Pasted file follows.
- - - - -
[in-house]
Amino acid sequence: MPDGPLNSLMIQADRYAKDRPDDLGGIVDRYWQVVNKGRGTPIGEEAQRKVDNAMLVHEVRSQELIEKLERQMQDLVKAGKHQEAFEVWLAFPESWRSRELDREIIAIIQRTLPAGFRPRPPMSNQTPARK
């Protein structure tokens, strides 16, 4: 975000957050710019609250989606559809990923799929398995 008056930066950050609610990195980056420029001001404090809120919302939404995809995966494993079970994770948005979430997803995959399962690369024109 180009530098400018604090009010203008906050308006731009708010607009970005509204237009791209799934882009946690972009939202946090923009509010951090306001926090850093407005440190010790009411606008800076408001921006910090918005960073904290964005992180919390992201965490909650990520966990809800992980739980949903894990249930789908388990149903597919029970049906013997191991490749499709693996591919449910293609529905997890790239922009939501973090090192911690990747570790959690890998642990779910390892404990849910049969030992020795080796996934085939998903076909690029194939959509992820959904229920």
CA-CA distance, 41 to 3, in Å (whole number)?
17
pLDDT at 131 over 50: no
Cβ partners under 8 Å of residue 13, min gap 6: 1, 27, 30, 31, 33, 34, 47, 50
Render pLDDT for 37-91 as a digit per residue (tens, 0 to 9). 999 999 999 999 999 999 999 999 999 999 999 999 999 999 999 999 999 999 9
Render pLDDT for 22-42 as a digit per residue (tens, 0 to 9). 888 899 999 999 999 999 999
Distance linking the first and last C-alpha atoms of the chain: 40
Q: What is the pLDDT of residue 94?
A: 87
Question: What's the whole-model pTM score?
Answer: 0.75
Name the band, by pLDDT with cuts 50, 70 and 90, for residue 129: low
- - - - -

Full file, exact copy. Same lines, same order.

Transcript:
[in-house]
Amino acid sequence: MPDGPLNSLMIQADRYAKDRPDDLGGIVDRYWQVVNKGRGTPIGEEAQRKVDNAMLVHEVRSQELIEKLERQMQDLVKAGKHQEAFEVWLAFPESWRSRELDREIIAIIQRTLPAGFRPRPPMSNQTPARK
């Protein structure tokens, strides 16, 4: 975000957050710019609250989606559809990923799929398995 008056930066950050609610990195980056420029001001404090809120919302939404995809995966494993079970994770948005979430997803995959399962690369024109 180009530098400018604090009010203008906050308006731009708010607009970005509204237009791209799934882009946690972009939202946090923009509010951090306001926090850093407005440190010790009411606008800076408001921006910090918005960073904290964005992180919390992201965490909650990520966990809800992980739980949903894990249930789908388990149903597919029970049906013997191991490749499709693996591919449910293609529905997890790239922009939501973090090192911690990747570790959690890998642990779910390892404990849910049969030992020795080796996934085939998903076909690029194939959509992820959904229920």
CA-CA distance, 41 to 3, in Å (whole number)?
17
pLDDT at 131 over 50: no
Cβ partners under 8 Å of residue 13, min gap 6: 1, 27, 30, 31, 33, 34, 47, 50
Render pLDDT for 37-91 as a digit per residue (tens, 0 to 9). 999 999 999 999 999 999 999 999 999 999 999 999 999 999 999 999 999 999 9
Render pLDDT for 22-42 as a digit per residue (tens, 0 to 9). 888 899 999 999 999 999 999
Distance linking the first and last C-alpha atoms of the chain: 40
Q: What is the pLDDT of residue 94?
A: 87
Question: What's the whole-model pTM score?
Answer: 0.75
Name the band, by pLDDT with cuts 50, 70 and 90, for residue 129: low